Saturday, March 8, 2014

Blankets and Tents

Going through the equipment lists, I see no special reason why anyone would bother to buy a bedroll or a tent, since they do nothing. However, a blanket is part of the basic loadout, and tents are offered as an upgrade, so they should do something. So, this is me thinking out loud about how to handle them.


This is easier to rule. If you have no blanket or sleeping fur, your sleep is not as good and therefore some of your sleep time is lost. I can't find anything online about how much this is worth, so I crack open the Wilderness Survival Guide (which was among the first AD&D books I owned, by the way, though I lost my copy over the years and bought it on PDF again last year) and look on page 65. And the first thing that strikes me is how kind AD&D was to missing sleep: you only had to have five hours of sleep each night. Anyways, getting beyond that, it lists "Lying on bare ground (no bedding or padding)" as docking an hour off one's sleep, so we'll go with that. That will be two hours in weather below 35°F, but the blanket knocks that down to one hour, and the sleeping fur means no loss.

The other lines on this table bring up good issues. Plate armor knocks off four hours, which sounds about right; call all rigid armor knocking off half its DR in hours, rounded down. No loss for flexible armor; I think it's now a moot point that you can sleep in mail without much problem. Being below 0°F (or 35°F lower than your character's own low temperature threshold, for anyone with Temperature Tolerance) takes off another hour, while being above 90°F (or whatever your Temperature Tolerance gives you) takes off two hours.

Now, if you're hex crawling, missing sleep would have its normal effects, which means you're down FP. If you want to sleep a little longer, that will cut your travel time, so each extra hour cuts off 10% of travel, since I assume 10-12 hours of actual travel to make Move = 5-to-6-mile hexes. If you're using the slewing way of travel (hey, remember slewing in Microsoft Flight Simulator?) in GURPS Dungeon Fantasy 2: Dungeons, rule that not having a blanket means you get to wherever 10% slower, while not having a sleeping fur in winter or arctic weather means you get there 20% slower, or 10% slower with a normal blanket.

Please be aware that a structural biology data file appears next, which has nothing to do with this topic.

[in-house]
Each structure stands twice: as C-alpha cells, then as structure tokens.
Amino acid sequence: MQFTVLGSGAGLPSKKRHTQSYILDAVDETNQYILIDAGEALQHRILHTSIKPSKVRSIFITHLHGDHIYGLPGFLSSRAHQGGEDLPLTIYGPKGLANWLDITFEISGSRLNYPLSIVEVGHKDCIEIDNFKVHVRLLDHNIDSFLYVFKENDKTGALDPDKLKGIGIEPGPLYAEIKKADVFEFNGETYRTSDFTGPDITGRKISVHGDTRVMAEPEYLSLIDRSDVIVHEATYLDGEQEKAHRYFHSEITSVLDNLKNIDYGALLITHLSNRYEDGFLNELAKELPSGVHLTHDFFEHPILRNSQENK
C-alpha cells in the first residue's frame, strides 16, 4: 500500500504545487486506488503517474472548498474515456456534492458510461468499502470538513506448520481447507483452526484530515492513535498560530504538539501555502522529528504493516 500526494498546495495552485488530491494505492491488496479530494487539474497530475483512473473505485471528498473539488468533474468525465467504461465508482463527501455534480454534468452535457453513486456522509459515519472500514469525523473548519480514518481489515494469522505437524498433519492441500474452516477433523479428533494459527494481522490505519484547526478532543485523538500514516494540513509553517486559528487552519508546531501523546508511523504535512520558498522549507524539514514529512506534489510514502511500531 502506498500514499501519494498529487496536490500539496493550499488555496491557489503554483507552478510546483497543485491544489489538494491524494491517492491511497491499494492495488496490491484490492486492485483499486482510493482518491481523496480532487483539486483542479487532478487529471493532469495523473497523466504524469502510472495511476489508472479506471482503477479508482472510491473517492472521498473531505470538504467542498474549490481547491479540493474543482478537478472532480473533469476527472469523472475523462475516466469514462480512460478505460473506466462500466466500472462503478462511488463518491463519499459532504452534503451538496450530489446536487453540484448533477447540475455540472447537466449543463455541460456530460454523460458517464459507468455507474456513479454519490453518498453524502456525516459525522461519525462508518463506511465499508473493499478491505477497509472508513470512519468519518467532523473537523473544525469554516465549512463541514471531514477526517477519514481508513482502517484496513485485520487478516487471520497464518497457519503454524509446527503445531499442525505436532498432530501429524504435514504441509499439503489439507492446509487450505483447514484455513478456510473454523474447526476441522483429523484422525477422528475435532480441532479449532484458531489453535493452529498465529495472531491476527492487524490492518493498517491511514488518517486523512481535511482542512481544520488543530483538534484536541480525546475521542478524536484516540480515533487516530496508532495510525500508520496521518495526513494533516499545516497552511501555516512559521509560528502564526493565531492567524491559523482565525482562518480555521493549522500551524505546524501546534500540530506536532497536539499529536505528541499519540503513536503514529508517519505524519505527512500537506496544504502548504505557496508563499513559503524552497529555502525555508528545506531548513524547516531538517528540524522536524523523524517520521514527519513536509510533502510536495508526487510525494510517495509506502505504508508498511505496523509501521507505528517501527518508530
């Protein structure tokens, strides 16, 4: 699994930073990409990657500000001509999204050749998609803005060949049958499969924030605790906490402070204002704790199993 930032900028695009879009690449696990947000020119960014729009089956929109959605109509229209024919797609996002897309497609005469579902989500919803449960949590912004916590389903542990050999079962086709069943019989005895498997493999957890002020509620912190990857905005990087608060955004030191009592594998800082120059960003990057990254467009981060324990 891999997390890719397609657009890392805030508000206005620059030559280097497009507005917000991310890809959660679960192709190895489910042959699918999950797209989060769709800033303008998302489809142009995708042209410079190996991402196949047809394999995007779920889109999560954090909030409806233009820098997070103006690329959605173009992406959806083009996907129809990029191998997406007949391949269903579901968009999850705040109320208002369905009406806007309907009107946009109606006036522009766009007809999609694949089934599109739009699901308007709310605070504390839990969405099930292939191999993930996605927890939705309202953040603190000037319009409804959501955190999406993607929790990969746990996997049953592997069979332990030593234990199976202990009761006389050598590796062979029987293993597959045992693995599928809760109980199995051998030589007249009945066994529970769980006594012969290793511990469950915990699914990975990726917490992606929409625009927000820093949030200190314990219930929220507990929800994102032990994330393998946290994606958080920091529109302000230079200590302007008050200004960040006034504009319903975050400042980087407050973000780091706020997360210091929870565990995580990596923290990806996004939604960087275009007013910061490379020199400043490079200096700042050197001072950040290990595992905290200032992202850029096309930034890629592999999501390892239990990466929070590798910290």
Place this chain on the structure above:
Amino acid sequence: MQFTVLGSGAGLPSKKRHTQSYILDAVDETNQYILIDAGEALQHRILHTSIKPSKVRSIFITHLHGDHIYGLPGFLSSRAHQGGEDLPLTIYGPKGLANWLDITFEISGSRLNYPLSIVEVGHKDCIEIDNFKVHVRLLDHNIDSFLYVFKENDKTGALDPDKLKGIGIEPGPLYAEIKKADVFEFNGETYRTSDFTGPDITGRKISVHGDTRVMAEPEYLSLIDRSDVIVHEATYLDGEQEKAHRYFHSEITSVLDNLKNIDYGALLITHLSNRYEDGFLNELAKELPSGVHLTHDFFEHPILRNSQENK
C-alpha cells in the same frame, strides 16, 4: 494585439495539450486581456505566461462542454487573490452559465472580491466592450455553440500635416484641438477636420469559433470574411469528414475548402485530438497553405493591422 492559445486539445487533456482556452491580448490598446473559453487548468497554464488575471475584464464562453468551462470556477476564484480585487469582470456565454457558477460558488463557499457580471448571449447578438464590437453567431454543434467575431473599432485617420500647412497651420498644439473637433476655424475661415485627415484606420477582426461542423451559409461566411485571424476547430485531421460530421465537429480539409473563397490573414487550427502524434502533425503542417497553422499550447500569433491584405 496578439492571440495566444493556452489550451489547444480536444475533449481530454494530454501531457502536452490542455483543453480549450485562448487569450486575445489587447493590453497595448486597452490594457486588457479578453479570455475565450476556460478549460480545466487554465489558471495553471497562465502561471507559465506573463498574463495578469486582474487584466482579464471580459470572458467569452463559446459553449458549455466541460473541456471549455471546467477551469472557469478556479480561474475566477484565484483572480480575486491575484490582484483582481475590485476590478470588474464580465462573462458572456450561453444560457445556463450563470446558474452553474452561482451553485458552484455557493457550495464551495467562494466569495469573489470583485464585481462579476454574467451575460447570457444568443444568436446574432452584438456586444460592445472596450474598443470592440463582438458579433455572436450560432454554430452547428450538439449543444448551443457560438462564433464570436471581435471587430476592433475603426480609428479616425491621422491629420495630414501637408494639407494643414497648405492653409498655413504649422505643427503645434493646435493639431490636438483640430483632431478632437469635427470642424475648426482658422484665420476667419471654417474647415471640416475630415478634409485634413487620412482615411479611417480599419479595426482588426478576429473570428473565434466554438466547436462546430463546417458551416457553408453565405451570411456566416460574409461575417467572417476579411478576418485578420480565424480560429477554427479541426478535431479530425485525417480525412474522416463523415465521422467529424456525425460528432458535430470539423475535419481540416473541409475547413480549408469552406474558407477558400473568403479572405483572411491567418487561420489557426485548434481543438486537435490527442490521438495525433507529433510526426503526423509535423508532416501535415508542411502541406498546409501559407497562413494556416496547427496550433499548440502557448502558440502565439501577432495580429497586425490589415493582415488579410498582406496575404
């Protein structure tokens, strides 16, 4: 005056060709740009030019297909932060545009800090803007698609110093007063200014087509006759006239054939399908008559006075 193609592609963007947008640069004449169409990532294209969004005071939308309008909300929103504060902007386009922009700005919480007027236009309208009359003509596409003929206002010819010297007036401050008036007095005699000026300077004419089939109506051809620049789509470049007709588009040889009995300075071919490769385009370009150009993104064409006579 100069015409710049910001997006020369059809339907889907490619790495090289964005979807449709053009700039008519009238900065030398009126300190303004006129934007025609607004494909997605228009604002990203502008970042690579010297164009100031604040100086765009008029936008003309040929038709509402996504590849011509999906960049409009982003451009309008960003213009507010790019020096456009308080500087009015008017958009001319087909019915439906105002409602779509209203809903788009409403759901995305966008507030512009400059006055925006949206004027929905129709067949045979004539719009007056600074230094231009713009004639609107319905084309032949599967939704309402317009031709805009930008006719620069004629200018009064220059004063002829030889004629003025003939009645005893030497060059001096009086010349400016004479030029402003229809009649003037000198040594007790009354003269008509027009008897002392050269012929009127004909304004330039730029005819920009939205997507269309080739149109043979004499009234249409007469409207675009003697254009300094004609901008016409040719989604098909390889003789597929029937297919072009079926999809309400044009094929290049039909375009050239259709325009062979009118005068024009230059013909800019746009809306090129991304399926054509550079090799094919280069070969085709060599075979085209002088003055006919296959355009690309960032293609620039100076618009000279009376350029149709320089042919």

Some other lines in this table from the Wilderness Survival Guide lead us to tents. If the wind speed is 20 m.p.h. or greater and you have no tent, it says to dock two hours. If there is light or moderate precipitation and you have no tent, it says to dock three hours. (Those in plate armor don't take this loss, so if the weather is bad and you know it will be, it might be better to sleep in your plate.) And, in the graf below the table, it says that you can't sleep outside a tent in "extreme weather conditions," listing a lightning storm, a hailstorm and a sandstorm as examples. All of this I am going to use as-is for my hex crawl. For travel without detail, give a bonus of +1 to the Weather Sense roll to lower travel time if there are enough tents for everyone.

Group Basics

GURPS Dungeon Fantasy 1: Adventurers and the Basic Set both call this "[b]asic equipment for Cooking and Survival for a group," which sounds well and good until you realize that there's no special group Cooking or Survival rules anywhere. So, we'll handle this like the tent: having Group Basics means that you get a +1 to foraging rolls since the gear lets you better skin and prep the food to make it last longer and get more off the bone.

(Note to my players: wow, I hadn't looked at the Survival skill in ages. You all will hate those daily rolls.)

Throwing This Open

Anyone have any ideas?

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